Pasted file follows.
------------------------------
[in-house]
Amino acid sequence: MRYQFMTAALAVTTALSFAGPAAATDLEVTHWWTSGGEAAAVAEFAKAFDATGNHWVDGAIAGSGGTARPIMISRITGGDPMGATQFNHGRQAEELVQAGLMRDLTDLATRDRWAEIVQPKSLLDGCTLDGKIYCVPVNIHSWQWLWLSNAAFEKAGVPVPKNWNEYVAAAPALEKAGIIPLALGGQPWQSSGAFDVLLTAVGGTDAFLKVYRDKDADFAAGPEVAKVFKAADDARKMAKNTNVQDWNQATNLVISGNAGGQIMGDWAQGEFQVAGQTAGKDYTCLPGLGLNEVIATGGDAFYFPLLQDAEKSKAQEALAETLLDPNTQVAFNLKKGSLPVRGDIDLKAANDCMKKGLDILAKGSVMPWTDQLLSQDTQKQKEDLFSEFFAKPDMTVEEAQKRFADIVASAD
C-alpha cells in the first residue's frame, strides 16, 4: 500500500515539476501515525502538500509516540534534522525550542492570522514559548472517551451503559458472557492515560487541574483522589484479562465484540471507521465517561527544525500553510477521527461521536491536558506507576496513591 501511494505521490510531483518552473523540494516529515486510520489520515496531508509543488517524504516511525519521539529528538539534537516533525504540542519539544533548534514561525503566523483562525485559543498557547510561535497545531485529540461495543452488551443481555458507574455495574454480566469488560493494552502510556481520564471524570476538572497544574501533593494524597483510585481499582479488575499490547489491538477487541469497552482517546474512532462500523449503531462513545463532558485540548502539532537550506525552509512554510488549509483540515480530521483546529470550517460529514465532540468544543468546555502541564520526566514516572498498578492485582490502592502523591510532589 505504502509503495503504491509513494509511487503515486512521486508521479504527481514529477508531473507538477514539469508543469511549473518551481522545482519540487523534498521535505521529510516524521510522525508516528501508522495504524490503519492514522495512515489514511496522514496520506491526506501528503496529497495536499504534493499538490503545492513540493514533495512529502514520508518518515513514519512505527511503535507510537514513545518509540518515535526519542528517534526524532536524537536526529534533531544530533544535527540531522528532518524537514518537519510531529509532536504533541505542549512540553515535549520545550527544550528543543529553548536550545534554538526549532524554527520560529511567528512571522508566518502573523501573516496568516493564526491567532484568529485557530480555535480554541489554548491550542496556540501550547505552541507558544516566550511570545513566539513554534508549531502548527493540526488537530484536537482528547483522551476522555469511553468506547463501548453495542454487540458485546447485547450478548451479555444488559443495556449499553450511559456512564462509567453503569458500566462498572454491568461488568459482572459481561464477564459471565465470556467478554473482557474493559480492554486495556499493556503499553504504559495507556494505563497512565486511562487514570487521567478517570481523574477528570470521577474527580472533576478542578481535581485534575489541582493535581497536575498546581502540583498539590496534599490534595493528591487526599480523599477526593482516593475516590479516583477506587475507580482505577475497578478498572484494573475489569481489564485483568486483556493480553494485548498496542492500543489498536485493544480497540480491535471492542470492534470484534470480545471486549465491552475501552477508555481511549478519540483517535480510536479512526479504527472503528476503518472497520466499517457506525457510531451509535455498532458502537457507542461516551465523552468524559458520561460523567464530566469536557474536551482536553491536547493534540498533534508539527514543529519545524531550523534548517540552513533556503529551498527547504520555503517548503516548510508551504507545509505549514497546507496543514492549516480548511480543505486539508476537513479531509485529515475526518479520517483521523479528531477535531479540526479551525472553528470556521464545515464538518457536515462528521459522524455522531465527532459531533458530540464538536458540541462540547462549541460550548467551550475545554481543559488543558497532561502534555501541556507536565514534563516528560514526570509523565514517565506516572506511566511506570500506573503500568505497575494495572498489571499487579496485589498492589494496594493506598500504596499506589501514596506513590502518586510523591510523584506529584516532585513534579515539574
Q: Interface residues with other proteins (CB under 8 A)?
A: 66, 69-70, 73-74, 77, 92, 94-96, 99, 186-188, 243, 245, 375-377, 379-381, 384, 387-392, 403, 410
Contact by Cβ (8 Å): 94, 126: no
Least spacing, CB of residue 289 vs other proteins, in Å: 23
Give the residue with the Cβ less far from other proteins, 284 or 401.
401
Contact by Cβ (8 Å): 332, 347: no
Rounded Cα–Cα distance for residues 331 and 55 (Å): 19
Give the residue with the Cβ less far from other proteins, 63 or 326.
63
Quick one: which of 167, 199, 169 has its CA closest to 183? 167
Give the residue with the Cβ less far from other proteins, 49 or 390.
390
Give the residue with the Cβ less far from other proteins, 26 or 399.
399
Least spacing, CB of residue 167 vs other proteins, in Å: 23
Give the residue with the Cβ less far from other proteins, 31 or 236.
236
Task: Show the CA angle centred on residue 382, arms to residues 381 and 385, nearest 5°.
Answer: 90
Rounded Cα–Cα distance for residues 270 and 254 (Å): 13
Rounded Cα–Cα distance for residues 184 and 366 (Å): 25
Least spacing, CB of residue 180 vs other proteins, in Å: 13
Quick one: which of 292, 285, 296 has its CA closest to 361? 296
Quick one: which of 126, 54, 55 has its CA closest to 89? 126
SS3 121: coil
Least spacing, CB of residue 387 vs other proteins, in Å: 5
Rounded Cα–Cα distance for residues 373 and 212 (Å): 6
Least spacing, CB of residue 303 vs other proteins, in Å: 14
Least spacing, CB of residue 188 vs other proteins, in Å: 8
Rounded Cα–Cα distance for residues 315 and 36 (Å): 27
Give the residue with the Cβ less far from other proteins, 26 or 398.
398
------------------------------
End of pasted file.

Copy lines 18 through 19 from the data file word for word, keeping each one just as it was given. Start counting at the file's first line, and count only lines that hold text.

399
Least spacing, CB of residue 167 vs other proteins, in Å: 23